A life interest in Catherine's remaining lands, to the extent of 1,400 acres (5.7 km2), in surrounding Wanstead and the adjoining parishes of Woodford, Leyton, Little Ilford and Barking remained in the hands of her husband up to 1840. Before 1828 Wellesley in a search for money had cut down a great number of trees in the park, destroying many of the avenues, vistas and clumps so carefully planted earlier at such great expense by Sir Josiah Child and the Earls Tylney. He had marked a further 2,000 for felling when his son obtained an injunction in 1828 preventing him from proceeding, since it would damage the value of the land, his future inheritance. Wellesley challenged the injunction but it was confirmed against him in 1834. Wellesley continued his parliamentary career between 1830–32 and inherited his father's title as 4th Earl of Mornington (his father having inherited from his elder brother) in 1845, dying in humble lodgings in 1857. The remnant of the manor of Wanstead was inherited by his son William, who had been protected from his father's designs on his maternal inheritance by the intervention of the Duke of Wellington, and he left it in trust for his father's cousin Henry Wellesley, 1st Earl Cowley. In 1880 the Earl sold 184 acres (0.74 km2) of Wanstead Park to the Corporation of London for preservation as a part of Epping Forest, and the resultant new municipal park of Wanstead was officially opened by the City of London Corporation in 1882. The Earl's family sold further land to Wanstead Sports Grounds Ltd. in 1920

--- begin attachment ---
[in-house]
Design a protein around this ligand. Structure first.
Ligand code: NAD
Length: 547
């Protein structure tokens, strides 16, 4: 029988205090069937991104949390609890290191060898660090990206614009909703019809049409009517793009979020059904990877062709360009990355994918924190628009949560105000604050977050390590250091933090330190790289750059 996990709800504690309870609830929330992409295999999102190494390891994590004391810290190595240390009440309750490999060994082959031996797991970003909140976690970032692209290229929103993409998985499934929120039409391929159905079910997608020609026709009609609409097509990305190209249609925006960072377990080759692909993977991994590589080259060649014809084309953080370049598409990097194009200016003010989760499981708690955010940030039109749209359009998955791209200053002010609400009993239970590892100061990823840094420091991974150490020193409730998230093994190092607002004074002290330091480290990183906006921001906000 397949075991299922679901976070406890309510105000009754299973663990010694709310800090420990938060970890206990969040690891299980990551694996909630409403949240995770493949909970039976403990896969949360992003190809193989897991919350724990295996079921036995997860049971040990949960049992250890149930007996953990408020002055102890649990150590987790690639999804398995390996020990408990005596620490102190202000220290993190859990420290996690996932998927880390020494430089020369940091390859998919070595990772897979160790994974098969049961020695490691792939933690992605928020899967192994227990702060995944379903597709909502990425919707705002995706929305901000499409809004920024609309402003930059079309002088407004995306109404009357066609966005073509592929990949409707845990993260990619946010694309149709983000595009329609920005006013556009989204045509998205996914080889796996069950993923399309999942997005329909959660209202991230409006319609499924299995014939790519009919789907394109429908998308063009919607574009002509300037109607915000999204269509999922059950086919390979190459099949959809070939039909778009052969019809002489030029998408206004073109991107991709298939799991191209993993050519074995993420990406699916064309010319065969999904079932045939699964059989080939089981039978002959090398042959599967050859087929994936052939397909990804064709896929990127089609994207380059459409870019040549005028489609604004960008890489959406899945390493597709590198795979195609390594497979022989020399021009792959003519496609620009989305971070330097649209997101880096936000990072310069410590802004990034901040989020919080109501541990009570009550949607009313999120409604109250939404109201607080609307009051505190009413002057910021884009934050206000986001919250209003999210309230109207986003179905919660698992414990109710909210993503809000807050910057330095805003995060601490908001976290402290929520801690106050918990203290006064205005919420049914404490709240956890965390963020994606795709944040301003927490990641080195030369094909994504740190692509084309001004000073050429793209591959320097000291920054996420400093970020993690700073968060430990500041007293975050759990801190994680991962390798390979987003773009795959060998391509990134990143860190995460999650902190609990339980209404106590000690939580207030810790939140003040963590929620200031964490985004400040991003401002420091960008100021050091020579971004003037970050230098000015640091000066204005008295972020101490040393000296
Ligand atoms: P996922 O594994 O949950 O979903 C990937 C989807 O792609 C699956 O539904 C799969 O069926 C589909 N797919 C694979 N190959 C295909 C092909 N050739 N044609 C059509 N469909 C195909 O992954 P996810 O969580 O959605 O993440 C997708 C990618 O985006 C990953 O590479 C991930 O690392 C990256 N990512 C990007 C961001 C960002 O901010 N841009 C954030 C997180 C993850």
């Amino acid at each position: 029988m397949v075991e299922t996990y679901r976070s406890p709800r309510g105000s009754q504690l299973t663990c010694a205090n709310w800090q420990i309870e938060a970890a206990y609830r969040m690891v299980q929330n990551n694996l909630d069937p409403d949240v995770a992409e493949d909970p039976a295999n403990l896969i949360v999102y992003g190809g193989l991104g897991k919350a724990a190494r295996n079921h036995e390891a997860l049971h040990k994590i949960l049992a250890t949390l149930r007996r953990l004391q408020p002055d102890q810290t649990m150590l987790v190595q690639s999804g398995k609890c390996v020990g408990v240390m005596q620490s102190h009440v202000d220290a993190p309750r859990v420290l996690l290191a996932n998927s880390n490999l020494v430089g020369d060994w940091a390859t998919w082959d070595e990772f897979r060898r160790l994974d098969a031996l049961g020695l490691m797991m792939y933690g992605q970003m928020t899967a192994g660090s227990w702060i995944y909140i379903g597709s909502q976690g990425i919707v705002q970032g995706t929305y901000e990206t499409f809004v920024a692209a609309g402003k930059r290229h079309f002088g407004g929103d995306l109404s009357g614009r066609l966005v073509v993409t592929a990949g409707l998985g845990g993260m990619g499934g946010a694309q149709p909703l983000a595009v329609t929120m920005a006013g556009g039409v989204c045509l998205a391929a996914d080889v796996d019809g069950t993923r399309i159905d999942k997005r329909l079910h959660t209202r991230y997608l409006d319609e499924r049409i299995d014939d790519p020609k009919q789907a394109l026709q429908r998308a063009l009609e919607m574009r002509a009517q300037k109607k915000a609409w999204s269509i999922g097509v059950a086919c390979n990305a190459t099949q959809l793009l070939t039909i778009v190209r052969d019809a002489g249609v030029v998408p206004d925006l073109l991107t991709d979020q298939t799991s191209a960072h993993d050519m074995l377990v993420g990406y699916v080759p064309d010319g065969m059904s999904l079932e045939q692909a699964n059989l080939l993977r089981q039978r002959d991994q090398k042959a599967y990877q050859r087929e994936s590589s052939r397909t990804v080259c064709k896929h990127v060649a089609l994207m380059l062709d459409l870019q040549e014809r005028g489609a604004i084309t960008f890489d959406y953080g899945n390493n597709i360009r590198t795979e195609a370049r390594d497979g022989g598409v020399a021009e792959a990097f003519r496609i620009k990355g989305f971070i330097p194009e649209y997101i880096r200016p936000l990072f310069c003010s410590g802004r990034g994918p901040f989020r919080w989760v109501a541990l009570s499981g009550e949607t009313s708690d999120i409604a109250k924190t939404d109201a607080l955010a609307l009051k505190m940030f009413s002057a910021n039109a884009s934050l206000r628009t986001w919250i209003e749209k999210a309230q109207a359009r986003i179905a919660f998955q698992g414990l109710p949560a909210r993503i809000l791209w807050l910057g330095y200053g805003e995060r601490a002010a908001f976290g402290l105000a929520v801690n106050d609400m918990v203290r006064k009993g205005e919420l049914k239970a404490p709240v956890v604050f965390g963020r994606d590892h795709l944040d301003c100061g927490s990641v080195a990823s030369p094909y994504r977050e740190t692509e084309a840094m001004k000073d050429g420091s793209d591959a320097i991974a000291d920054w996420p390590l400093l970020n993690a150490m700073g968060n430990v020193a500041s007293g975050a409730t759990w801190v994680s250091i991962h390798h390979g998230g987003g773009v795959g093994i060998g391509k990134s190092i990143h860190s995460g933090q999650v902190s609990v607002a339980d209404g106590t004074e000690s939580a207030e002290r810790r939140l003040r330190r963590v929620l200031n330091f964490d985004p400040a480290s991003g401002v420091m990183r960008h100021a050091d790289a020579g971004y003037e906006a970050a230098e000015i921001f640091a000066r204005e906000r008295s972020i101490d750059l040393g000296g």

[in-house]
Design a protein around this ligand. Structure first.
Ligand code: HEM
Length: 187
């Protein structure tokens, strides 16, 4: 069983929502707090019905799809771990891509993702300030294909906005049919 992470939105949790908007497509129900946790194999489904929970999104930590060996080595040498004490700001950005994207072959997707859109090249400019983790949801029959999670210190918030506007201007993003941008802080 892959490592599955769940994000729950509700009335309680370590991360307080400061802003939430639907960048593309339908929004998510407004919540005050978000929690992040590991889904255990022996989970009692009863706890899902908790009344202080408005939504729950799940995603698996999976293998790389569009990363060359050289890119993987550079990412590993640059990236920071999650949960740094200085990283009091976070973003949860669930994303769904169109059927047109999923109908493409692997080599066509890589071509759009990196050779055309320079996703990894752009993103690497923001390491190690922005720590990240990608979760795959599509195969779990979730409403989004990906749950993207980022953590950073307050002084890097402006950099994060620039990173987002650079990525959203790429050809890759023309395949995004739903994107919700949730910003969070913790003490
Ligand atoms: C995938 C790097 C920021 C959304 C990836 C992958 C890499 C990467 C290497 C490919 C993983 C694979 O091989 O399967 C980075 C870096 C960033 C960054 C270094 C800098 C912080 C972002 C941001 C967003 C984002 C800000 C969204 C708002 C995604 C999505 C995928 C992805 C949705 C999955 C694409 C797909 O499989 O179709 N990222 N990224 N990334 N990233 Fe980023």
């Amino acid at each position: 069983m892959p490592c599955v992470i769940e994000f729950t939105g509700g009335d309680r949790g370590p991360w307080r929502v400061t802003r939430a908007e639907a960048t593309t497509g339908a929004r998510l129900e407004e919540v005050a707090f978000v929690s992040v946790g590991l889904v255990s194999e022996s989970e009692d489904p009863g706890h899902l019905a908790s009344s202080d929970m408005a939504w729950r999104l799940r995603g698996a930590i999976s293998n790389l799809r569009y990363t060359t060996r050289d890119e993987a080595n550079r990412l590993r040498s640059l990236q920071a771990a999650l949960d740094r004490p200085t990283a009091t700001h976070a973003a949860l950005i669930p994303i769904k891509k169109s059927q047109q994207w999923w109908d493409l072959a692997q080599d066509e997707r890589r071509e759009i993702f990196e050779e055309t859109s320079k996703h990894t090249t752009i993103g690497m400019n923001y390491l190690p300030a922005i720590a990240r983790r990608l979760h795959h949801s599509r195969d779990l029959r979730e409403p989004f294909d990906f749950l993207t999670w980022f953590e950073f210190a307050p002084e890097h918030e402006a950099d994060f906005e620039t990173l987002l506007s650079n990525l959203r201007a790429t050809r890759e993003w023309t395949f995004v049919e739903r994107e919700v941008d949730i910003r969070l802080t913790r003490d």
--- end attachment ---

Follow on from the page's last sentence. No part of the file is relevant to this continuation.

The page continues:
Site of the former Palladian Mansion
The site can best be studied by reference to a satellite photographic image, combined with the map of Wanstead House and grounds made by the landscaper John Rocque, printed in Environs of London. Rocque had been commissioned in 1735 by 1st Earl Tylney to effect still further garden features aimed at turning Wanstead into a mini Versailles. The Palladian Mansion stood about 275 yards to the east of the large octagonal ornamental lake called the "Basin", due south of what is now the golf course club-house, built of brick and weather-boarded timber, a remnant of the 18th-century stable-court. The present cricket ground would therefore effectively have been part of the front lawn to the west of the house. The approach was from the entrance gates 1/3 mile due west, the piers of which still survive standing either side of Overton Drive at its junction with Blake Hall Road. Carriages would have proceeded easterly along Overton Drive, thus skirting the north side of the Basin, then following the contour of the lake southwards to arrive at the western front of the house. The extensive fruit and vegetable gardens originally situated to the south-east of the Great House have all gone, these now forming the links of the Golf Course. Two Walnut trees which died in the 1980s, the largest 40 feet (12 m) high and 7 ft 6 in (2.29 m) in girth, probably themselves planted by Sir Josiah Child, stood to the east of the Shoulder of Mutton pond. Thickets of Rhododendron recall the time when part of the Park was laid out as a shrubbery, traversed by the winding paths shown in Rocque's map. Remains of an impressive avenue of sweet-chestnuts, called Evelyn's Avenue, can still be traced in a south westerly direction from the basin, crossing Wanstead Flats and Bush Wood.